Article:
I am trying to numerically verify that

A symmetric matrix \mathbf{A} is positive semidefinite if and only if it is a covariance matrix.

Then I need to verify in both directions, i.e.

- Given a positive semidefinite matrix \mathbf{A}, show that it is a covariance matrix.
- Given a covariance matrix, show that it is positive semidefinite.

However, I am not sure

- What properties should a matrix have to be a covariance matrix.
- I know I could generate a covariance matrix using the following and I know that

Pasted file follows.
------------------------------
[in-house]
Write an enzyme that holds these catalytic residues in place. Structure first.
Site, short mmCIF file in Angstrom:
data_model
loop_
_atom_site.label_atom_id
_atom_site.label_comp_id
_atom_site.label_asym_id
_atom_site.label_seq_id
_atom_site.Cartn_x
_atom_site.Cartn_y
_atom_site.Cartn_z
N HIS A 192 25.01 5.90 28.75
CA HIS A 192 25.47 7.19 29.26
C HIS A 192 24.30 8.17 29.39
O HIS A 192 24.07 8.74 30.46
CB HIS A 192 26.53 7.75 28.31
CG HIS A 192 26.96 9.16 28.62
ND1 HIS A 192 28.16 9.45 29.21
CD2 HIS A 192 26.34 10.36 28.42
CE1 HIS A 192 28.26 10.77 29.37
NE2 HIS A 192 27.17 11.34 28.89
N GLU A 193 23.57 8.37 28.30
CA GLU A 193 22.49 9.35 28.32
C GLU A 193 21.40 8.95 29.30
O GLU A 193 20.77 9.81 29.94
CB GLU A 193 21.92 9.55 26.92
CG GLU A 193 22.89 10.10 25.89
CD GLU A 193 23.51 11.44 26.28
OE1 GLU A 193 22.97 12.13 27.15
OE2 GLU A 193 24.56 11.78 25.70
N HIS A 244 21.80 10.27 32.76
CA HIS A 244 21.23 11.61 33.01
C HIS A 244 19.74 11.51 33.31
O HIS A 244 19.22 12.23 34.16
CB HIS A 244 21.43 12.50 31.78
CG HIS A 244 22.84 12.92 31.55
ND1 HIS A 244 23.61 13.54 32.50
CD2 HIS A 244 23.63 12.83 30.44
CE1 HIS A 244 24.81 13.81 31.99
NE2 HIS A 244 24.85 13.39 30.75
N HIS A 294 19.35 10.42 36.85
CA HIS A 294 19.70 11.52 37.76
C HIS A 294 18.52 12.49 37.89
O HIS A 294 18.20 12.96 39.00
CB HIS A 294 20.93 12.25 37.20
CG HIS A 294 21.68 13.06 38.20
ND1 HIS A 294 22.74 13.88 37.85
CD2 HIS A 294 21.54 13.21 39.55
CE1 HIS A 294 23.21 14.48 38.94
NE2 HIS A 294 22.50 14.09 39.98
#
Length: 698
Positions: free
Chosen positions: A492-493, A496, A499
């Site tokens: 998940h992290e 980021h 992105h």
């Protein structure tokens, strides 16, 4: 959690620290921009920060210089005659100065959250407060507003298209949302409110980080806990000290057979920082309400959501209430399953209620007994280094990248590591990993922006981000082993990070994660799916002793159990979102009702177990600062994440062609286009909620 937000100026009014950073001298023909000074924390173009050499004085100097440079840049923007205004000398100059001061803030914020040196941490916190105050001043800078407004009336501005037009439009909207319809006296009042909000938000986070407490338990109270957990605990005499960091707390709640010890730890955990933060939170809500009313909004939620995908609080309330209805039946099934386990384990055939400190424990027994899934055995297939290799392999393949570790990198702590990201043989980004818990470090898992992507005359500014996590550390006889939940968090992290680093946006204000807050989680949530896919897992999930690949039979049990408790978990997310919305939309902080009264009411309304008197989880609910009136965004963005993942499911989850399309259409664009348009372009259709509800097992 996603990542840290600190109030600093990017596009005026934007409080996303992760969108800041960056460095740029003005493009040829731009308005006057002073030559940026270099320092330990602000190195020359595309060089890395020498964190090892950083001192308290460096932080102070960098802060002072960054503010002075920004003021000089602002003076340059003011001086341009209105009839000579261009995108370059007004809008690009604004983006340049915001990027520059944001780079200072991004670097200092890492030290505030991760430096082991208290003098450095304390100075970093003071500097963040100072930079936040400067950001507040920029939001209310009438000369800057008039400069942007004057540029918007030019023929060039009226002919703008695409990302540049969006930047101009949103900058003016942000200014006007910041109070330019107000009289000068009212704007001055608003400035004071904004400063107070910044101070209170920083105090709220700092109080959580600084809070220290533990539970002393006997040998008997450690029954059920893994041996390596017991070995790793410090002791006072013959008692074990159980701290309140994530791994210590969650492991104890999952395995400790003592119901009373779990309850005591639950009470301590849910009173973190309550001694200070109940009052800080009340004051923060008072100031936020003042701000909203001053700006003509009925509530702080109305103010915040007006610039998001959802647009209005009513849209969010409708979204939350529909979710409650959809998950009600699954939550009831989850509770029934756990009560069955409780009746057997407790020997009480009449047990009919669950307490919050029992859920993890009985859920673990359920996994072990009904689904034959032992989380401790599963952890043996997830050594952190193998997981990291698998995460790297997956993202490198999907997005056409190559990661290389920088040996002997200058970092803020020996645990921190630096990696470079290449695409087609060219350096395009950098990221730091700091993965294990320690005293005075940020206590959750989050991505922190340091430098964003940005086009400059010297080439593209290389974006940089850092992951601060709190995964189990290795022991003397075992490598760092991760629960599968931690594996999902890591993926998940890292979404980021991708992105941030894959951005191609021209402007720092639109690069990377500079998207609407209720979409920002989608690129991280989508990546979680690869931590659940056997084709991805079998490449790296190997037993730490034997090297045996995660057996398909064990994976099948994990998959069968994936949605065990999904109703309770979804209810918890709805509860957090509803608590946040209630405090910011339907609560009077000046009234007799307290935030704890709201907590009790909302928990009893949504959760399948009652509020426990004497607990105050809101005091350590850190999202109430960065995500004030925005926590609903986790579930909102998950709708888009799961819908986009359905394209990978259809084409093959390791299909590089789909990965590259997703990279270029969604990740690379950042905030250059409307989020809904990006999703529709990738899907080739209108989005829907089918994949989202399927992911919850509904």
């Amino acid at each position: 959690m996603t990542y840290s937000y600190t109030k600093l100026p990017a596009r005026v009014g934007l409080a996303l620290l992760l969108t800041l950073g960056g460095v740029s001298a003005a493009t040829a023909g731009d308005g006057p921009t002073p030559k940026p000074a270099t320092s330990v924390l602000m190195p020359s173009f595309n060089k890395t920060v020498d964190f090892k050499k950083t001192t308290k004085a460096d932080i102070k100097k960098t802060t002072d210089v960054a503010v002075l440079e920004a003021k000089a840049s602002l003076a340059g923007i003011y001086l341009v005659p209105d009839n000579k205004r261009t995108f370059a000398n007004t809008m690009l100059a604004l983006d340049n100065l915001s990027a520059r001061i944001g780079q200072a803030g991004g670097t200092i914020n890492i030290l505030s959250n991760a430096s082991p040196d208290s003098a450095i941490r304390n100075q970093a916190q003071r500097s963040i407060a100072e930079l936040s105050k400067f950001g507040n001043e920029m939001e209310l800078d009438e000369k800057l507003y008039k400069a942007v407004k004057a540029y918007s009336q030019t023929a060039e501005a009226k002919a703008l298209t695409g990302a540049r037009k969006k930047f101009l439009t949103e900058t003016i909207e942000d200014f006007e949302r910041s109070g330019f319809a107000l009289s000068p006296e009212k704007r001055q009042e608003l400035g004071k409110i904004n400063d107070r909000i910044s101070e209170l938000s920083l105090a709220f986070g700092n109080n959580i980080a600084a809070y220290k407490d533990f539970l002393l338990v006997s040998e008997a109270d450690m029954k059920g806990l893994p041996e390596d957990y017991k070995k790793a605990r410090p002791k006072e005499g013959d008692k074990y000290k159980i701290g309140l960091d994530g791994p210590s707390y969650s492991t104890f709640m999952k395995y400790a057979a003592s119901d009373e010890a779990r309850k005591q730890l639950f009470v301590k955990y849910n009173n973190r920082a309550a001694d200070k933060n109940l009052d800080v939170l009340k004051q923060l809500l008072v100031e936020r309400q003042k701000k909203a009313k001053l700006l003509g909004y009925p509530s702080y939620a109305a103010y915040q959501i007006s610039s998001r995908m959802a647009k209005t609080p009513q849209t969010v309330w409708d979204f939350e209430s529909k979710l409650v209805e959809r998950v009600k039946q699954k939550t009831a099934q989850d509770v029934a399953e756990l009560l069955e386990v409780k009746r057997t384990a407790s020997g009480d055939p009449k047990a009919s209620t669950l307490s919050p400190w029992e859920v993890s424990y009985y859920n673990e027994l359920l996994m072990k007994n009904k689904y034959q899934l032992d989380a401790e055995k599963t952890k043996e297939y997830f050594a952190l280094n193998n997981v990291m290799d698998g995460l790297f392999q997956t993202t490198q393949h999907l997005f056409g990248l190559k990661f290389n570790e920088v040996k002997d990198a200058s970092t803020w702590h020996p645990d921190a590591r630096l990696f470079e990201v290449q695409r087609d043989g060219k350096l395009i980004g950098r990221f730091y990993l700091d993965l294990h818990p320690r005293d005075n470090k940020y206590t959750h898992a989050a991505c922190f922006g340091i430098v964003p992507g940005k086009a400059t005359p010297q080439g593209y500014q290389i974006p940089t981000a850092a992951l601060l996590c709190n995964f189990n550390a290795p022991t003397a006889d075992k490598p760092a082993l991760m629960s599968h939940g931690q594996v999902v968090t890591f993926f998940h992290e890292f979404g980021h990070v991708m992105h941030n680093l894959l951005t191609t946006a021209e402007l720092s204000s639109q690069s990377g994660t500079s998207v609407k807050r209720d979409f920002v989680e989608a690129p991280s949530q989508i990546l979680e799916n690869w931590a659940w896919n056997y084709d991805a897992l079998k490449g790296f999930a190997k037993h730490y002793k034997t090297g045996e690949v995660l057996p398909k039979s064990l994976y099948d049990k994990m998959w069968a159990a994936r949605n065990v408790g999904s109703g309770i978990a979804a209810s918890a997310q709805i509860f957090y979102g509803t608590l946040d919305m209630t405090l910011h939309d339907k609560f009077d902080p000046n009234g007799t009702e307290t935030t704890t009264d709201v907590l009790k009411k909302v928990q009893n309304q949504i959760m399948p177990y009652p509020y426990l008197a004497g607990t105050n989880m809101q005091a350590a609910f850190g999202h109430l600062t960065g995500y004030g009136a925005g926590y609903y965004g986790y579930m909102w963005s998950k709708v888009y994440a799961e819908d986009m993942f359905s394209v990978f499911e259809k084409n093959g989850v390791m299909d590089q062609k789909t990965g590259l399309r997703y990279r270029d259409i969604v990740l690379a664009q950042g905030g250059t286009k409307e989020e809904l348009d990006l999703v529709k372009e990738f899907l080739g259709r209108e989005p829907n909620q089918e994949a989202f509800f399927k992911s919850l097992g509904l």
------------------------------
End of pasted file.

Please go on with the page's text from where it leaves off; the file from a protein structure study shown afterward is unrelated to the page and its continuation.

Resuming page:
`cov`

is positive semidefinite if and only if all of its eigenvalues are non-negative. But it turns out that`minimum(eigvals(cov))`

is a negative number close to 0 (on the order \sim 10^{-15}), I am not sure if I could conclude that`cov`

is positive semidefinite since numerical reasons.

```
n = 100
u = randn(n);
cov = u * u'
```

Any input will be appreciated.